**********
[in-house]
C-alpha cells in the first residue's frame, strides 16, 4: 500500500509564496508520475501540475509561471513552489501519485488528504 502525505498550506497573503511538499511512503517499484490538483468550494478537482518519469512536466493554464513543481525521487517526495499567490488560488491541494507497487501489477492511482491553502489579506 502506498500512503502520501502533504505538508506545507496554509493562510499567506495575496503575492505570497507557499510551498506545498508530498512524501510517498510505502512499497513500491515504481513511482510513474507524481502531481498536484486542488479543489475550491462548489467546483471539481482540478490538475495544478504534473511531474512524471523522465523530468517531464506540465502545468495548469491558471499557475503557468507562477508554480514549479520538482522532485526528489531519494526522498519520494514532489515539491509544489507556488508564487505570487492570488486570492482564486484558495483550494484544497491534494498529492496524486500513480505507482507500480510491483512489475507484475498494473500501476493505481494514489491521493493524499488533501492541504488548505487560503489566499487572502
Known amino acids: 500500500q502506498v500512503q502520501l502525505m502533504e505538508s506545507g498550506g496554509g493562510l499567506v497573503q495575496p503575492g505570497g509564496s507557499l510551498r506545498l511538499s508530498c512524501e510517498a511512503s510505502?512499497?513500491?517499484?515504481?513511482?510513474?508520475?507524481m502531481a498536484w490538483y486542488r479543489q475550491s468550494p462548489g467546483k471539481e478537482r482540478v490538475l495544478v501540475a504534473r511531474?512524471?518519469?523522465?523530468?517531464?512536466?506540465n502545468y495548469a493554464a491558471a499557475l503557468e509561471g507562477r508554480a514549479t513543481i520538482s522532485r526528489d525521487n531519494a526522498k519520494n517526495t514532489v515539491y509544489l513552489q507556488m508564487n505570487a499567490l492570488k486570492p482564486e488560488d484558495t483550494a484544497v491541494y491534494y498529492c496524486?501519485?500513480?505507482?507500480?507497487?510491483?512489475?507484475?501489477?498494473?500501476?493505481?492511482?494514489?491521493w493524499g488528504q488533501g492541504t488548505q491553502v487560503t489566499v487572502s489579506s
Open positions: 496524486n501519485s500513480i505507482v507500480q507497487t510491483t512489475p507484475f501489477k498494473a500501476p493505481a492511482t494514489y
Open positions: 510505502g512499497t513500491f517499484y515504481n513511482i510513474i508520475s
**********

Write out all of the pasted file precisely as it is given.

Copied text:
[in-house]
C-alpha cells in the first residue's frame, strides 16, 4: 500500500509564496508520475501540475509561471513552489501519485488528504 502525505498550506497573503511538499511512503517499484490538483468550494478537482518519469512536466493554464513543481525521487517526495499567490488560488491541494507497487501489477492511482491553502489579506 502506498500512503502520501502533504505538508506545507496554509493562510499567506495575496503575492505570497507557499510551498506545498508530498512524501510517498510505502512499497513500491515504481513511482510513474507524481502531481498536484486542488479543489475550491462548489467546483471539481482540478490538475495544478504534473511531474512524471523522465523530468517531464506540465502545468495548469491558471499557475503557468507562477508554480514549479520538482522532485526528489531519494526522498519520494514532489515539491509544489507556488508564487505570487492570488486570492482564486484558495483550494484544497491534494498529492496524486500513480505507482507500480510491483512489475507484475498494473500501476493505481494514489491521493493524499488533501492541504488548505487560503489566499487572502
Known amino acids: 500500500q502506498v500512503q502520501l502525505m502533504e505538508s506545507g498550506g496554509g493562510l499567506v497573503q495575496p503575492g505570497g509564496s507557499l510551498r506545498l511538499s508530498c512524501e510517498a511512503s510505502?512499497?513500491?517499484?515504481?513511482?510513474?508520475?507524481m502531481a498536484w490538483y486542488r479543489q475550491s468550494p462548489g467546483k471539481e478537482r482540478v490538475l495544478v501540475a504534473r511531474?512524471?518519469?523522465?523530468?517531464?512536466?506540465n502545468y495548469a493554464a491558471a499557475l503557468e509561471g507562477r508554480a514549479t513543481i520538482s522532485r526528489d525521487n531519494a526522498k519520494n517526495t514532489v515539491y509544489l513552489q507556488m508564487n505570487a499567490l492570488k486570492p482564486e488560488d484558495t483550494a484544497v491541494y491534494y498529492c496524486?501519485?500513480?505507482?507500480?507497487?510491483?512489475?507484475?501489477?498494473?500501476?493505481?492511482?494514489?491521493w493524499g488528504q488533501g492541504t488548505q491553502v487560503t489566499v487572502s489579506s
Open positions: 496524486n501519485s500513480i505507482v507500480q507497487t510491483t512489475p507484475f501489477k498494473a500501476p493505481a492511482t494514489y
Open positions: 510505502g512499497t513500491f517499484y515504481n513511482i510513474i508520475s